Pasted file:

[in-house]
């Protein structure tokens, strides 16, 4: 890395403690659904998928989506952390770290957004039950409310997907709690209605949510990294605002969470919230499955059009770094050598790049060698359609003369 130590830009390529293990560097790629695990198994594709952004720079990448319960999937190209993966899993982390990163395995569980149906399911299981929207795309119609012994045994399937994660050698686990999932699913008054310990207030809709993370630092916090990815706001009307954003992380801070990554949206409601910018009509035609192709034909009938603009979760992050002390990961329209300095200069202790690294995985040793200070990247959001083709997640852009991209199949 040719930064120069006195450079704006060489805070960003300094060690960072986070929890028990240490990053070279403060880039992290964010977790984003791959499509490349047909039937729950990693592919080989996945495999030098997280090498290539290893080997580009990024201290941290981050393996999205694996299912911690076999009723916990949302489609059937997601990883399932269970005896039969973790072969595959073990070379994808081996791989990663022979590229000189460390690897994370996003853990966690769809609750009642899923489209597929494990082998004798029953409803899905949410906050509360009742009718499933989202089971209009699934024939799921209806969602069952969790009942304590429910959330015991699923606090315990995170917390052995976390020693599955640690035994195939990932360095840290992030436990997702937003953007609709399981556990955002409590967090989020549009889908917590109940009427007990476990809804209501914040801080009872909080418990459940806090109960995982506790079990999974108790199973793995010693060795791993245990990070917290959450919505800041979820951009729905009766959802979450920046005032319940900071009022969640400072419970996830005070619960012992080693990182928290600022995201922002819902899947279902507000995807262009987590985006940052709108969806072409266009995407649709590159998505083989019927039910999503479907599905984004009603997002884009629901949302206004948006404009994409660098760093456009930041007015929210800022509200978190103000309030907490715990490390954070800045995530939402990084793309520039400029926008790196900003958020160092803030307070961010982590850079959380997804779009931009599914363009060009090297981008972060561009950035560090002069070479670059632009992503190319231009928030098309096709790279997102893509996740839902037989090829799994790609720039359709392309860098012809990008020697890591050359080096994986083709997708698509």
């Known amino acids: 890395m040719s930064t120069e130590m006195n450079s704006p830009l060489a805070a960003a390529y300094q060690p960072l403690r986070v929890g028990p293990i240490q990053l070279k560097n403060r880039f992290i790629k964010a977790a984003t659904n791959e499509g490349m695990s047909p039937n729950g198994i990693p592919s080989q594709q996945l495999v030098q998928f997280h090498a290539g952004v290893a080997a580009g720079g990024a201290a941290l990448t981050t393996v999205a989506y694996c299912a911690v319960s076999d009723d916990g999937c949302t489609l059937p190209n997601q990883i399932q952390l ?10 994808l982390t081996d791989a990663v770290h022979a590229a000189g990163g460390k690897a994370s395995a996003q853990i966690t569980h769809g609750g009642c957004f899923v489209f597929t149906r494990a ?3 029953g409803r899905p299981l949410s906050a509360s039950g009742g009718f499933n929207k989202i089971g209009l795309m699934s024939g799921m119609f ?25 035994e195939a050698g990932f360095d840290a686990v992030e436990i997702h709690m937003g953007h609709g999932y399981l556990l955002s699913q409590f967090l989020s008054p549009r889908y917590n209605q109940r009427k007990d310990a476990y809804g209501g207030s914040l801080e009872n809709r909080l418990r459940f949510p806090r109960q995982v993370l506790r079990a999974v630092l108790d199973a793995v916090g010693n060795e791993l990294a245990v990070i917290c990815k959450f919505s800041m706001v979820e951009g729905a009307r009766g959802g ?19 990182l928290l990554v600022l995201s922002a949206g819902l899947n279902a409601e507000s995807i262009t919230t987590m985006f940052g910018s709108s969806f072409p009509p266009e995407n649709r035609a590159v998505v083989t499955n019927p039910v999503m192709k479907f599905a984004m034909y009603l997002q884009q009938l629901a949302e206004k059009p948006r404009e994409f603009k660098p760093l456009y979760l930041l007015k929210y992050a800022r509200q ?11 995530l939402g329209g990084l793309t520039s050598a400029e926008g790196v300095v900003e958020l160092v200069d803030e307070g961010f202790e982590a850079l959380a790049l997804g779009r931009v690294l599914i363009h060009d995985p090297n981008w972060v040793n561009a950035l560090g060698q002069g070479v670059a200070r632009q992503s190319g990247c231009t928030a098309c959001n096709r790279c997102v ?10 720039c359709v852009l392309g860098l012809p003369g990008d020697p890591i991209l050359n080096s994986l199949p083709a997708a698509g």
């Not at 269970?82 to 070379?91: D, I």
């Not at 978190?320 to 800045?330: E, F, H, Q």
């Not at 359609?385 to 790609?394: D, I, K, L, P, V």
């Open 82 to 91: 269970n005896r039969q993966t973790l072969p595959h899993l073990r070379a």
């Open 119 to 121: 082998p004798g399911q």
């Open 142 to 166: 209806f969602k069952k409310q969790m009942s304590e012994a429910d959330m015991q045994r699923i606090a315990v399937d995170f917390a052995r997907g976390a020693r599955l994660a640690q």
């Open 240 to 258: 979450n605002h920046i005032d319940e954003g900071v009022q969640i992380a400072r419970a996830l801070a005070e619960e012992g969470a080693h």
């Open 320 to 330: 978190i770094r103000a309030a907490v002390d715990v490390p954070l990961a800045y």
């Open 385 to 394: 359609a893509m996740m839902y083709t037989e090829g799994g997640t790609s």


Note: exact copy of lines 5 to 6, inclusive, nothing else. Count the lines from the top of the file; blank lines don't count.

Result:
């Not at 978190?320 to 800045?330: E, F, H, Q």
């Not at 359609?385 to 790609?394: D, I, K, L, P, V």